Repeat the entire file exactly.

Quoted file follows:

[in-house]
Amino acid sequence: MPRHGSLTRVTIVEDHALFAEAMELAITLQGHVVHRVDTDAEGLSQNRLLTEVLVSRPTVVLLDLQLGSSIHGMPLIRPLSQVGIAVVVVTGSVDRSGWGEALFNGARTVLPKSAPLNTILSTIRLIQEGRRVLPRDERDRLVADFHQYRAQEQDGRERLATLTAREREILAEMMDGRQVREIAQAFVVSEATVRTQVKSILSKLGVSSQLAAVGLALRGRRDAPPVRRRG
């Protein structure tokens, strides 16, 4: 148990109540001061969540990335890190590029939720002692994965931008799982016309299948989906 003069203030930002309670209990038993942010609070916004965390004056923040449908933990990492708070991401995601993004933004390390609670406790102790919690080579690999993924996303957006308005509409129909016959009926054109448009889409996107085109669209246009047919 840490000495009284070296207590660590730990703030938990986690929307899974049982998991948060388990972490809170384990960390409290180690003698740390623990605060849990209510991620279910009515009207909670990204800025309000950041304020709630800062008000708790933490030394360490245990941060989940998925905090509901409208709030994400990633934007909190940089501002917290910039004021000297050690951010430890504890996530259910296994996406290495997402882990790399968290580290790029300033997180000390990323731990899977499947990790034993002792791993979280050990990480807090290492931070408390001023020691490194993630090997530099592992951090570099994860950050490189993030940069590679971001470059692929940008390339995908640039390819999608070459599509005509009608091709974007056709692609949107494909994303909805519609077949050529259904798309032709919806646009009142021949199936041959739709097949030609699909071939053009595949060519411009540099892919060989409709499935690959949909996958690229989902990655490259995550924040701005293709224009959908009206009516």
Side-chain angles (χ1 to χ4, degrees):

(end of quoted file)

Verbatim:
[in-house]
Amino acid sequence: MPRHGSLTRVTIVEDHALFAEAMELAITLQGHVVHRVDTDAEGLSQNRLLTEVLVSRPTVVLLDLQLGSSIHGMPLIRPLSQVGIAVVVVTGSVDRSGWGEALFNGARTVLPKSAPLNTILSTIRLIQEGRRVLPRDERDRLVADFHQYRAQEQDGRERLATLTAREREILAEMMDGRQVREIAQAFVVSEATVRTQVKSILSKLGVSSQLAAVGLALRGRRDAPPVRRRG
């Protein structure tokens, strides 16, 4: 148990109540001061969540990335890190590029939720002692994965931008799982016309299948989906 003069203030930002309670209990038993942010609070916004965390004056923040449908933990990492708070991401995601993004933004390390609670406790102790919690080579690999993924996303957006308005509409129909016959009926054109448009889409996107085109669209246009047919 840490000495009284070296207590660590730990703030938990986690929307899974049982998991948060388990972490809170384990960390409290180690003698740390623990605060849990209510991620279910009515009207909670990204800025309000950041304020709630800062008000708790933490030394360490245990941060989940998925905090509901409208709030994400990633934007909190940089501002917290910039004021000297050690951010430890504890996530259910296994996406290495997402882990790399968290580290790029300033997180000390990323731990899977499947990790034993002792791993979280050990990480807090290492931070408390001023020691490194993630090997530099592992951090570099994860950050490189993030940069590679971001470059692929940008390339995908640039390819999608070459599509005509009608091709974007056709692609949107494909994303909805519609077949050529259904798309032709919806646009009142021949199936041959739709097949030609699909071939053009595949060519411009540099892919060989409709499935690959949909996958690229989902990655490259995550924040701005293709224009959908009206009516």
Side-chain angles (χ1 to χ4, degrees):